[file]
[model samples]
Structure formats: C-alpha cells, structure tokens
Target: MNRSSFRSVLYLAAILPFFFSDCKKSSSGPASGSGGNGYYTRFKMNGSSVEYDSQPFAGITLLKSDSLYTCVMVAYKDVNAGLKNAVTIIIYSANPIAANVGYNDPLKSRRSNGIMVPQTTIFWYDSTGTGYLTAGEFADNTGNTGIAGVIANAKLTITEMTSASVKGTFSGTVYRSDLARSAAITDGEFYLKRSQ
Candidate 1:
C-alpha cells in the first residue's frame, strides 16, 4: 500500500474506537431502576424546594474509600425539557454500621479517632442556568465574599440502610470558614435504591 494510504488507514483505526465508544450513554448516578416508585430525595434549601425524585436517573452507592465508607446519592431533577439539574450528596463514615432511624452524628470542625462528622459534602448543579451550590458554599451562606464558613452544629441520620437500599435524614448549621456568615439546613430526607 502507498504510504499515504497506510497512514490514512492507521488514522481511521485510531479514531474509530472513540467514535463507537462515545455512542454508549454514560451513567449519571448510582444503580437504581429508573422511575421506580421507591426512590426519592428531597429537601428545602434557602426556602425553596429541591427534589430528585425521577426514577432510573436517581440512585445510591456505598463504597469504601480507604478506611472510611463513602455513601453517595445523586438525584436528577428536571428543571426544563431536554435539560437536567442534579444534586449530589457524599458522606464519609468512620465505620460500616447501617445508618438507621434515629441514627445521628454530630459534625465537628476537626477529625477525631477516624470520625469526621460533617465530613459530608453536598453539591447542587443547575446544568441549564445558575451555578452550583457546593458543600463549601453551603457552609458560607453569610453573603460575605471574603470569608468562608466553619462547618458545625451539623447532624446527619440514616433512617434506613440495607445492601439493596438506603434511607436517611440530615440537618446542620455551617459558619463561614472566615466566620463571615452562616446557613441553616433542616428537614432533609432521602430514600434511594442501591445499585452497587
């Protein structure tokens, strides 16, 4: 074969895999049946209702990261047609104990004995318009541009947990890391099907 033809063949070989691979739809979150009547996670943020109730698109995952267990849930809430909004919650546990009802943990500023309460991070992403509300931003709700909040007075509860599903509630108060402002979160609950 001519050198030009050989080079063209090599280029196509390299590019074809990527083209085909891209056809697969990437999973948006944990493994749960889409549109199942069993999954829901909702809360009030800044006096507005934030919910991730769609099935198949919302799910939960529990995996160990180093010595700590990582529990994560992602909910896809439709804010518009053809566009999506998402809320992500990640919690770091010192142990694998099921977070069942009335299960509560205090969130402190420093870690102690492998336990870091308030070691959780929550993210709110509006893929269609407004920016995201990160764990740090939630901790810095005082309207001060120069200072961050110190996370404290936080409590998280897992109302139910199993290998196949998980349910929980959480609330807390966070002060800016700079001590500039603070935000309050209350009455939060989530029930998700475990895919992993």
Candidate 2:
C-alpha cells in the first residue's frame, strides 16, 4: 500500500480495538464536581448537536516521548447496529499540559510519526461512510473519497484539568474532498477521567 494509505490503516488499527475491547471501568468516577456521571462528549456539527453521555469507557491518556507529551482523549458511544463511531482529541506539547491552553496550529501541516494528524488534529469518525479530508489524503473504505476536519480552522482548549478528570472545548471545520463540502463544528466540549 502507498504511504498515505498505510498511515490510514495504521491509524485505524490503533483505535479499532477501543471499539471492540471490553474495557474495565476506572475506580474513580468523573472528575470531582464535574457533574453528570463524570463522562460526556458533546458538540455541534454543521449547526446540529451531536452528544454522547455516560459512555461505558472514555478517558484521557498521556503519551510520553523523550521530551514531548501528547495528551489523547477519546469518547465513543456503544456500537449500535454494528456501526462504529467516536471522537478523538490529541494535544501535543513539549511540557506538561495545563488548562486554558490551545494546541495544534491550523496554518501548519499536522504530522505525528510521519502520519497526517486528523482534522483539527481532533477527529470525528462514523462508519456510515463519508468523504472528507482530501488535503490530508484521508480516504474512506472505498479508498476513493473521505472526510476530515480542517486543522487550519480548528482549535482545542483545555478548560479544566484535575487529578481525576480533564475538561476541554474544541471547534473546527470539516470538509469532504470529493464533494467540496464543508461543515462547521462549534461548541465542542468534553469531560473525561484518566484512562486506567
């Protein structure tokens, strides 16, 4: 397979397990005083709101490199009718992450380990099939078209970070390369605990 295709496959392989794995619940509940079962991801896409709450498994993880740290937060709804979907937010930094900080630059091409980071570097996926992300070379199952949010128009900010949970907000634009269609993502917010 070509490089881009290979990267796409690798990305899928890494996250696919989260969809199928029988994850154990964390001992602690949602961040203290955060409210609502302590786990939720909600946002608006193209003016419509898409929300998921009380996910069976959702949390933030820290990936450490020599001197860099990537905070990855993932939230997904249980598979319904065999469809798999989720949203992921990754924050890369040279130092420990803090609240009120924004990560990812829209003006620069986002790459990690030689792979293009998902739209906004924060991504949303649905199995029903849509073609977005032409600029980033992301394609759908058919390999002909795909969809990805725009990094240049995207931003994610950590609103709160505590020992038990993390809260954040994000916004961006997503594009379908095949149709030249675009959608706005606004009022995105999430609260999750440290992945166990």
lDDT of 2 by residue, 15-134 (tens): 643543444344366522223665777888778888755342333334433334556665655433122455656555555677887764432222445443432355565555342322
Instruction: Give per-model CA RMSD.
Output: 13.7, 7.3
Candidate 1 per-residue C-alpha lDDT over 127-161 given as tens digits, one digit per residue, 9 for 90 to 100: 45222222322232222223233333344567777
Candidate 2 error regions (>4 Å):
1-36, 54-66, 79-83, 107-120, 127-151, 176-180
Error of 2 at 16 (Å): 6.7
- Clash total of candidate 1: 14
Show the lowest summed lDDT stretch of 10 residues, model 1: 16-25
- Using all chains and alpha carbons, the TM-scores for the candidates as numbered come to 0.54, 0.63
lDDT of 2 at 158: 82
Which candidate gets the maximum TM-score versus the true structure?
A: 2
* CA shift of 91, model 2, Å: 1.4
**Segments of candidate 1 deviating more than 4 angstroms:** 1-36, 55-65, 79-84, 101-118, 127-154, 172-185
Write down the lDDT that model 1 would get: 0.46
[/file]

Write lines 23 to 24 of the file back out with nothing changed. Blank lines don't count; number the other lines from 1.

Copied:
* CA shift of 91, model 2, Å: 1.4
**Segments of candidate 1 deviating more than 4 angstroms:** 1-36, 55-65, 79-84, 101-118, 127-154, 172-185